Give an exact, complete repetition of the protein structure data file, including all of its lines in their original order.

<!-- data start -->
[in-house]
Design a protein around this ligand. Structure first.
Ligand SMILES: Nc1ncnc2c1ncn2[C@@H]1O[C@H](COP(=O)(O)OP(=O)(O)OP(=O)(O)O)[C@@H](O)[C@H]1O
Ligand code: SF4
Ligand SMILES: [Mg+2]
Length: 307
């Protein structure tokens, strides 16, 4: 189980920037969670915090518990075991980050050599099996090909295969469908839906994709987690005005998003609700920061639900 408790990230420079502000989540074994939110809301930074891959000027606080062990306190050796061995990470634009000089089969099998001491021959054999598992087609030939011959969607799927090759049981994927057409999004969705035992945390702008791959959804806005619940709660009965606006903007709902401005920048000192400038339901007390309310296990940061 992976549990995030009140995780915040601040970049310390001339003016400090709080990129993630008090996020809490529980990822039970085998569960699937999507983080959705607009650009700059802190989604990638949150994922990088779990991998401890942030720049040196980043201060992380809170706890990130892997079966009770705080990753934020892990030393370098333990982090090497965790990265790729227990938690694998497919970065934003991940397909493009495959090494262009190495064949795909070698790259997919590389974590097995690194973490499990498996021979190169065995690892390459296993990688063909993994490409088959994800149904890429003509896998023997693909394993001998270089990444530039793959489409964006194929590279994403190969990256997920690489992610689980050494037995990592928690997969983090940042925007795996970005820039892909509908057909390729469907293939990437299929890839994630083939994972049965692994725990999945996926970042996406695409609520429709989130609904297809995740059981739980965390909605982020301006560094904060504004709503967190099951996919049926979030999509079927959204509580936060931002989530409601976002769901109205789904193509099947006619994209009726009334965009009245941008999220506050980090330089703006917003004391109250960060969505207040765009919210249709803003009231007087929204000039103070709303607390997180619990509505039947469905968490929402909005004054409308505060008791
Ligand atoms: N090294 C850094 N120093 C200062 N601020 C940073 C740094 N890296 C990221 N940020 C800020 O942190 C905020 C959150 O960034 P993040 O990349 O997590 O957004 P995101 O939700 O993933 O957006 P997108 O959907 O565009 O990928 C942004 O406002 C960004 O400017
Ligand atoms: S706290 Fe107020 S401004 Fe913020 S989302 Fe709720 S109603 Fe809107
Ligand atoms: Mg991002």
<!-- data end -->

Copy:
[in-house]
Design a protein around this ligand. Structure first.
Ligand SMILES: Nc1ncnc2c1ncn2[C@@H]1O[C@H](COP(=O)(O)OP(=O)(O)OP(=O)(O)O)[C@@H](O)[C@H]1O
Ligand code: SF4
Ligand SMILES: [Mg+2]
Length: 307
């Protein structure tokens, strides 16, 4: 189980920037969670915090518990075991980050050599099996090909295969469908839906994709987690005005998003609700920061639900 408790990230420079502000989540074994939110809301930074891959000027606080062990306190050796061995990470634009000089089969099998001491021959054999598992087609030939011959969607799927090759049981994927057409999004969705035992945390702008791959959804806005619940709660009965606006903007709902401005920048000192400038339901007390309310296990940061 992976549990995030009140995780915040601040970049310390001339003016400090709080990129993630008090996020809490529980990822039970085998569960699937999507983080959705607009650009700059802190989604990638949150994922990088779990991998401890942030720049040196980043201060992380809170706890990130892997079966009770705080990753934020892990030393370098333990982090090497965790990265790729227990938690694998497919970065934003991940397909493009495959090494262009190495064949795909070698790259997919590389974590097995690194973490499990498996021979190169065995690892390459296993990688063909993994490409088959994800149904890429003509896998023997693909394993001998270089990444530039793959489409964006194929590279994403190969990256997920690489992610689980050494037995990592928690997969983090940042925007795996970005820039892909509908057909390729469907293939990437299929890839994630083939994972049965692994725990999945996926970042996406695409609520429709989130609904297809995740059981739980965390909605982020301006560094904060504004709503967190099951996919049926979030999509079927959204509580936060931002989530409601976002769901109205789904193509099947006619994209009726009334965009009245941008999220506050980090330089703006917003004391109250960060969505207040765009919210249709803003009231007087929204000039103070709303607390997180619990509505039947469905968490929402909005004054409308505060008791
Ligand atoms: N090294 C850094 N120093 C200062 N601020 C940073 C740094 N890296 C990221 N940020 C800020 O942190 C905020 C959150 O960034 P993040 O990349 O997590 O957004 P995101 O939700 O993933 O957006 P997108 O959907 O565009 O990928 C942004 O406002 C960004 O400017
Ligand atoms: S706290 Fe107020 S401004 Fe913020 S989302 Fe709720 S109603 Fe809107
Ligand atoms: Mg991002």